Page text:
Update/Mise à jour:
9:22 AM 13/01/2006

Prediction Changed
La prévision a changé
3:23 PM 08/05/2005
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Federal Election - 2006 - élection générale

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Royal Galipeau
Marc Godbout
Mark Andrew Leahy
Alain Saint-Yves
Sarah Samplonius

Marc Godbout

2004 Result/Résultats:
Marc Godbout
Walter Robinson
Crystal Leblanc
Dan Biocchi

For historical result, please see
2004 Prediction page

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13 01 06 Blueyonder
This riding contains many military and ex-military members. Although the ad was pulled, the Liberal attack add on the military is not being seen in a very good light and people are angry. This was probably enough to ensure that this riding goes conservative.
12 01 06 E. O.
Royal Galipeau might be a fairly hopeless candidate, and Marc Godbout a quiet but rather effective MP, but it is impossible for the Conservatives to rise 10 points in Ontario and not win these seats that they only lost by a few thousand votes last time.
03 01 06 Victor A.
I wouldn't be surprised if the PC candidate actually took it. In fact, I think that this riding is yet another one in Eastern Ontario that will be very close. Although Galipeau is described as weaker delegate than Robinson the last time, I think there are clearly three things going for him, a :) The PC support in Eastern Ontario stronger than ever before and it will probably grow with this new stock trade scandal, b :) He is perceived as having less attitute than Robinson, who might have been a competent candidate but his attitude was an instant turn-off to me and c :) He is Franco-Ontarian, which is always an advantage in a riding like that. I'm actually torn about this one, if Bellemare was still there I'd certainly favour Galipeau to win it, but he is not. Godbout seems to be quite active in the community and I think the incumbency status will be his saving grace this time around. Given the PC support in Eastern Ontario everything can happen but I'd say Godbout by 300-700 votes, don't count out Galipeau yet.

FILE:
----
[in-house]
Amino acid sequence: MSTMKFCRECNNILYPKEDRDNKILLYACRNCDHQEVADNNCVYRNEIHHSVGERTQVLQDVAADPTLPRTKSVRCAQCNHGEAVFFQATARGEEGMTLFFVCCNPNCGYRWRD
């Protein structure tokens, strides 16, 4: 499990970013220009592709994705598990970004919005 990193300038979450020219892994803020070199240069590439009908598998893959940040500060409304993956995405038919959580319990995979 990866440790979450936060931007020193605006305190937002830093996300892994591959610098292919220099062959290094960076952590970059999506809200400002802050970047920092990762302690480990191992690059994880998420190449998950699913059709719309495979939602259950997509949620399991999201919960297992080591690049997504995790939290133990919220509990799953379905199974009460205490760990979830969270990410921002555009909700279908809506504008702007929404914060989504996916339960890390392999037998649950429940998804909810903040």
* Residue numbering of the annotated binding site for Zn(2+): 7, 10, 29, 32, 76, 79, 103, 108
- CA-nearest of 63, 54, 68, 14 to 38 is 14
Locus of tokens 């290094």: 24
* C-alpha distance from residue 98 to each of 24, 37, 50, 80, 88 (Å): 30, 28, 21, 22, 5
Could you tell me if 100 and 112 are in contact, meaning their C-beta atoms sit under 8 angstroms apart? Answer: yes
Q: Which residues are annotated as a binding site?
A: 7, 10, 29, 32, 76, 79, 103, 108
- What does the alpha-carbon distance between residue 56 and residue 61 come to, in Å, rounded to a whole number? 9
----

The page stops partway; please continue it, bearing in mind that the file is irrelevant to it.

01 01 06 Aric H
Since I last posted here a couple weeks ago the Conservatives are picking up some momentum. They have got their campaign underway and there appear to be more Conservative signs on private property than Liberal signs. Of course in this riding that does not mean they will win since last time Walter Robinson had more signs and he lost. Liberal voters are more quiet in this riding and do not display how they will vote as much as Conservatives do. However, since the Liberals have gone down several points over the past week because of the Income Trust Scandal, this riding could become a bellwether that could flip from Liberal to Conservative if the Conservatives break away from the Liberals in the current stalemate. I will now label it Too Close To Call for the month of January.
30 12 05 DC